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Breastfeeding 101

The Beginners Guide To Breastfeeding For First Time Mom: What You Need To Know

If you are a new mother and have decided to breastfeed, you’ve made a smart choice about how to feed your baby. However, actually feeding your baby can be a bit more challenging than you expected.

There is a lot of information about breastfeeding, and it can be overwhelming if you don’t have the right support and guidance. This article will serve as a brief guide to breastfeeding, so you can get the hang of it.

Before The Baby Arrives

You can learn a lot about breastfeeding before your baby arrives. This is a good idea, so that you aren’t taken by surprise if you experience some of the issues that other mothers have faced.

You can learn about the variety of ways to hold your baby during a nursing session, and you can learn about the proper way for the baby’s mouth to be positioned.

You might consider joining a breastfeeding moms group, so you can see others getting answers to questions about nursing.

When the Baby Comes

After your baby is born, you will have a lot of emotions, and you will be worn out from the delivery. However, you’ve got to remember to offer your baby the breast as soon as you can. A lactation consultant will meet with you to make sure that the baby is positioned correctly.

In the first few days, your breasts will only have colostrum, which may be clear or golden and doesn’t look like milk. However, colostrum has a high number of immunoglobins and antibodies in it, making it extremely good for your baby.

After a few days, your milk will come in. You will definitely notice; you may feel very uncomfortable. Your breasts will feel very full, so nurse your baby for about 10-20 minutes on each side.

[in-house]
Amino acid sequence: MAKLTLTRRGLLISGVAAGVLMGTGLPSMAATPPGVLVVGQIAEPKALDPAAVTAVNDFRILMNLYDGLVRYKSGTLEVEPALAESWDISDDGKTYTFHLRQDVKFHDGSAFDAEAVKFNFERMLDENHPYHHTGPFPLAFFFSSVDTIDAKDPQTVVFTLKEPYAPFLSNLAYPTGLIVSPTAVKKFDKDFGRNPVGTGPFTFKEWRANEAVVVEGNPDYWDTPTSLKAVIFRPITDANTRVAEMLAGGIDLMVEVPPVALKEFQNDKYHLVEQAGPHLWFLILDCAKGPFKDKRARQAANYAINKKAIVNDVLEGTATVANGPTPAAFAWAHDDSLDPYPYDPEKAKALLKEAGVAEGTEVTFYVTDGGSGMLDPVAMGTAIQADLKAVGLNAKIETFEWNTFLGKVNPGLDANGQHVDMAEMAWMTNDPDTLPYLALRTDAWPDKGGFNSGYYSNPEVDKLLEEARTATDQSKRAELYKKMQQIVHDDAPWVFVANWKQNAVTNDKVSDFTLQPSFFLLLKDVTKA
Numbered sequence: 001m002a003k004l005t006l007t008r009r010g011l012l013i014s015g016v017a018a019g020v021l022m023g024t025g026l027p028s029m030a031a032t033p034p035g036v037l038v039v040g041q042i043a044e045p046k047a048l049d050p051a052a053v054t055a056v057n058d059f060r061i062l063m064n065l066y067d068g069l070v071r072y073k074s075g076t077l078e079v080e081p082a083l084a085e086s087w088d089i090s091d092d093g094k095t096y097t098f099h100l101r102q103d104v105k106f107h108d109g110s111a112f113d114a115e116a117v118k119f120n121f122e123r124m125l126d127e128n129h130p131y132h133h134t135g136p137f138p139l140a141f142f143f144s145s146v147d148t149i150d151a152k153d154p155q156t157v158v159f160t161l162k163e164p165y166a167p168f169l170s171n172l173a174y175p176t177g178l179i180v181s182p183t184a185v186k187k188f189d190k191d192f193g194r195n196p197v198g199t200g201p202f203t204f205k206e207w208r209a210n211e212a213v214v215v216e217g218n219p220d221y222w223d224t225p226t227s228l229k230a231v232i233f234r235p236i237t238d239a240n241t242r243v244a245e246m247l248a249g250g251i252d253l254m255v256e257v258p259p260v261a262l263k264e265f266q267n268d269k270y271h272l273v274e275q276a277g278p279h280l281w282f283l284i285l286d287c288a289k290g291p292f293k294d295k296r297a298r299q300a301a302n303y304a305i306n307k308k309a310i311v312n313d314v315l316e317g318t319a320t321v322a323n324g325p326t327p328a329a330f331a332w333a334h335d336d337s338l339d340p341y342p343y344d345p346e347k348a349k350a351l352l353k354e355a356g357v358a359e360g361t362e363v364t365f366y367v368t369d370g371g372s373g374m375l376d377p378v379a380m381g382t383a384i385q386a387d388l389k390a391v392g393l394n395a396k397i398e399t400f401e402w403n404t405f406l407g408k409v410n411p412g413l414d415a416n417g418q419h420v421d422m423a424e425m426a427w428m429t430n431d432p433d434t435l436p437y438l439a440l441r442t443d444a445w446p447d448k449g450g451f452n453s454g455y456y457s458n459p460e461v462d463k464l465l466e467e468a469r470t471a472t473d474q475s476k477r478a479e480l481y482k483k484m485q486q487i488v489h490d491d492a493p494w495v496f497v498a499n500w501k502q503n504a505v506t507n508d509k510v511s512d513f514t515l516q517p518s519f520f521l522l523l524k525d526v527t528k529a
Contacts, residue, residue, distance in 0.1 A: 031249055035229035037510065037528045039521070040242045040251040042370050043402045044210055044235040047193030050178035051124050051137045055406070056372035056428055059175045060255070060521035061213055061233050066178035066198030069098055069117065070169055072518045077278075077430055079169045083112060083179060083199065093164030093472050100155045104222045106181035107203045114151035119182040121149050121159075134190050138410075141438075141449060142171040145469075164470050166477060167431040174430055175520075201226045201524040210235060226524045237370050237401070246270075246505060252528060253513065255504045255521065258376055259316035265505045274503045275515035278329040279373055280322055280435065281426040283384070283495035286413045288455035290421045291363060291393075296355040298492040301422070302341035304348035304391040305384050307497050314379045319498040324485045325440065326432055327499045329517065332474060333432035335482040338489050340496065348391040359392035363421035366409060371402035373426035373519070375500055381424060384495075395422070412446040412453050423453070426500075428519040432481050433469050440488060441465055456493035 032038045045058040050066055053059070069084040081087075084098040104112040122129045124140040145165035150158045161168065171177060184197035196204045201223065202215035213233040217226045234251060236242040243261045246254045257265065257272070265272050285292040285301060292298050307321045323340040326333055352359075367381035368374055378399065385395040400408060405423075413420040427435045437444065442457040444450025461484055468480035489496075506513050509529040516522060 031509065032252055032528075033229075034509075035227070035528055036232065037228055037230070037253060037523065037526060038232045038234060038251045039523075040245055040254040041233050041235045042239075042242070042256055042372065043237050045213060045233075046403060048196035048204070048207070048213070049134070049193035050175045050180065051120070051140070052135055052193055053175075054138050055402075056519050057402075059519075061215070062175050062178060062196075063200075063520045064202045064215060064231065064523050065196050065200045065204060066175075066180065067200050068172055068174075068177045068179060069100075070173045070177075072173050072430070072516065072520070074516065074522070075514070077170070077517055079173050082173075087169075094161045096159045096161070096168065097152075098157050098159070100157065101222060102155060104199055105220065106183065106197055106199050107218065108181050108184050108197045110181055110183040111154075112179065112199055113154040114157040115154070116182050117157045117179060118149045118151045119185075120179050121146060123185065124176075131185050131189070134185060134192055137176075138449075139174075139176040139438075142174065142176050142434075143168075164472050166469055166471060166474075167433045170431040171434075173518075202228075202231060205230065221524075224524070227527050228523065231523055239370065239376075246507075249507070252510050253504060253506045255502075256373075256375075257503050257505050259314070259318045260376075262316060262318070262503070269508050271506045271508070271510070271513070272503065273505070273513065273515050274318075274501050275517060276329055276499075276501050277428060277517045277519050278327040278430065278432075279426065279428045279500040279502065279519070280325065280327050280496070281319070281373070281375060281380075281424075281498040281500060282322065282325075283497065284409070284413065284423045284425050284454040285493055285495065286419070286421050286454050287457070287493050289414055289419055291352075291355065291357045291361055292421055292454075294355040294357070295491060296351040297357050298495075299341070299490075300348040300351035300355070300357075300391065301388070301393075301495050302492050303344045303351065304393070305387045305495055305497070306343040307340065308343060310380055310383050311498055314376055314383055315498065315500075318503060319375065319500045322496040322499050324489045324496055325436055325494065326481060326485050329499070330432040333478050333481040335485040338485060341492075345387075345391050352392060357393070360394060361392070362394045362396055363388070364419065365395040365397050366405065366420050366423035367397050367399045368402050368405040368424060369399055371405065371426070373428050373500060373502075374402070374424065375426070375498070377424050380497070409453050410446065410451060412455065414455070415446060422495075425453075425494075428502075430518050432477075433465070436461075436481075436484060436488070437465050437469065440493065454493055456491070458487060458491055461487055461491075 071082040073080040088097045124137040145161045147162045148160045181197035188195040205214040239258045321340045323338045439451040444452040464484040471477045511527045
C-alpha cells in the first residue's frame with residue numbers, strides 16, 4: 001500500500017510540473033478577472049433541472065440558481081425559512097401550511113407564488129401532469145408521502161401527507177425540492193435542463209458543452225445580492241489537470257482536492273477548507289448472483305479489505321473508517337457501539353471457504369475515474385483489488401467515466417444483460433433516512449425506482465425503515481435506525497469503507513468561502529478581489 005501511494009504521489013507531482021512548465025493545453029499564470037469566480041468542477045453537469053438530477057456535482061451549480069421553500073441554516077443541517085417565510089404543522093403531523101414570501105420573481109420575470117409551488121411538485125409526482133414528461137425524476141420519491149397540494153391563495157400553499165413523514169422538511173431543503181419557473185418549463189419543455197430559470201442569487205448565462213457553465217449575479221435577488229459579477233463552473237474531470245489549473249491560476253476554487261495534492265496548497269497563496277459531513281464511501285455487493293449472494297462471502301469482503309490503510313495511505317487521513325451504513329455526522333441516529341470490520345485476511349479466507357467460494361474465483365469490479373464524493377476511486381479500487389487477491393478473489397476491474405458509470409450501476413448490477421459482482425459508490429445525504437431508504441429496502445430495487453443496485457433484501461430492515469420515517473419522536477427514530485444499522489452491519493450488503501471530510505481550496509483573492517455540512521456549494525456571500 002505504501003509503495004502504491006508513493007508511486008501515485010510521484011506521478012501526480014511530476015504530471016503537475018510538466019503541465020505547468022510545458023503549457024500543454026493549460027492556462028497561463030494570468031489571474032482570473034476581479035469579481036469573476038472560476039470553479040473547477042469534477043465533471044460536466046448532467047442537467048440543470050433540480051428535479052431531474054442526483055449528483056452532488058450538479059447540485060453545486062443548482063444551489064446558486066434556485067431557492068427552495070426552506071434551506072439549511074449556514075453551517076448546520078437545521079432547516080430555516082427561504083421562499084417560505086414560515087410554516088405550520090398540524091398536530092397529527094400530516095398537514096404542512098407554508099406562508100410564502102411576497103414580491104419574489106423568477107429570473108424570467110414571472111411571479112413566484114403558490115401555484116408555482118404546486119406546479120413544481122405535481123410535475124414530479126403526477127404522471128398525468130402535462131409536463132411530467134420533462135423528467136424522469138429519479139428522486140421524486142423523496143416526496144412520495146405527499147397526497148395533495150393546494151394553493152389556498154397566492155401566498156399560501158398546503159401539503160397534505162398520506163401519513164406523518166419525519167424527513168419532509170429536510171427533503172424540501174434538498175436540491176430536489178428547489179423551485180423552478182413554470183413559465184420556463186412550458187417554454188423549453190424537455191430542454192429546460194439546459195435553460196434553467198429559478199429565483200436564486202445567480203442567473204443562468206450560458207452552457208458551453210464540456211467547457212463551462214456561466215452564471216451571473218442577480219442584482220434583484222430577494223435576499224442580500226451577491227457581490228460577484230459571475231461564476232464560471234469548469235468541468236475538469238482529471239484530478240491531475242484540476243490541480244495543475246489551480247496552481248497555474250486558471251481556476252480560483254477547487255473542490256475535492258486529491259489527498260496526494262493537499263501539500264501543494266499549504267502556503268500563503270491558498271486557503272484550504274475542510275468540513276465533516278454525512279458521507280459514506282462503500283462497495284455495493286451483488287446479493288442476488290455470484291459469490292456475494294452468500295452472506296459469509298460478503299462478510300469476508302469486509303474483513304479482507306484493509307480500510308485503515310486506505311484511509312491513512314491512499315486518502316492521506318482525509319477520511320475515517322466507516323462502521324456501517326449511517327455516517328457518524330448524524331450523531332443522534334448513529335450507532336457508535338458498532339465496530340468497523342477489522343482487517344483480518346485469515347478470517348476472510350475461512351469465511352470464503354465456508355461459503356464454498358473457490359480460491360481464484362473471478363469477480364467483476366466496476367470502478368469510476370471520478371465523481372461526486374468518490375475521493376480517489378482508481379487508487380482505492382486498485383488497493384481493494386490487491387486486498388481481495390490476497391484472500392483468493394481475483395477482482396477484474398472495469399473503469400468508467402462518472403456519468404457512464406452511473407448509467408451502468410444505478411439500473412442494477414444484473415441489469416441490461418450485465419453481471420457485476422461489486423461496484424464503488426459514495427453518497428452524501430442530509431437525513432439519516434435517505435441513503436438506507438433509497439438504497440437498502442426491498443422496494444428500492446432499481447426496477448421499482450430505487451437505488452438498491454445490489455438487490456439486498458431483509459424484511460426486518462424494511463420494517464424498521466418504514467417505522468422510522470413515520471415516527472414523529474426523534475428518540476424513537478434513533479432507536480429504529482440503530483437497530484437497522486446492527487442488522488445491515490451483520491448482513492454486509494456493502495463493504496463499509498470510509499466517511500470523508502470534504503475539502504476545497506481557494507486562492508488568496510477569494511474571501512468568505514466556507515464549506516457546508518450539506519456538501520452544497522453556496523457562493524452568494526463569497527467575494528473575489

As time goes on, you will discover that your milk supply will level out, producing just enough milk to nourish your baby. After about two weeks you will feel as though you’re used to it.


If you are very lucky, you will have no breastfeeding problems at all. However, if you do, they can usually be remedied with a little effort.

breastfeedingThrush is a yeast infection that can affect both you and your baby. You will see white patches in your baby’s mouth, and the patches may be painful. Thrush sometimes goes away on its own, but usually you will need to see your pediatrician for Nystatin, an antifungal medicine you will apply to your baby’s mouth.

Another breastfeeding problem is mastitis, an infection of the breast. You may get a fever, and you breast will feel hot and sore. To treat this, apply wet, warm compresses to the affected area. If you get a fever, take Tylenol or Ibuprofen and talk to your pediatrician about receiving an antibiotic to resolve the infection.

Another problem you may have while nursing is the feeling that you don’t have enough milk for your baby. That is only rarely true. To bump up milk production, feed your baby from both breasts more often. The more your baby nurses, the more milk your body will produce. If you want to try the supplement fenugreek to increase milk production, that is also an option.

You’ll find that none of these problems require you to stop breastfeeding. In fact, nursing your baby can often help these problems go away more quickly.

Nursing in Public

There will be times when you and the baby leave the house. Unless you plan to be out for less than two hours, it is not unlikely that you may need to nurse while you’re out.

However you handle this situation is up to you. Many mothers nurse in nursing areas, but sometimes that is not an option. Instead, some mothers nurse in the car, or away from people with a blanket draped over the baby’s head and their breast. Do whatever makes you and your baby most comfortable.

After reading this article, you should have a better understanding of how to nurse your baby and how to live as a nursing mom. Seek out other nursing mothers for support and ideas. In no time at all you’ll be a breastfeeding pro.

Breastfeeding 101 November 3, 2014
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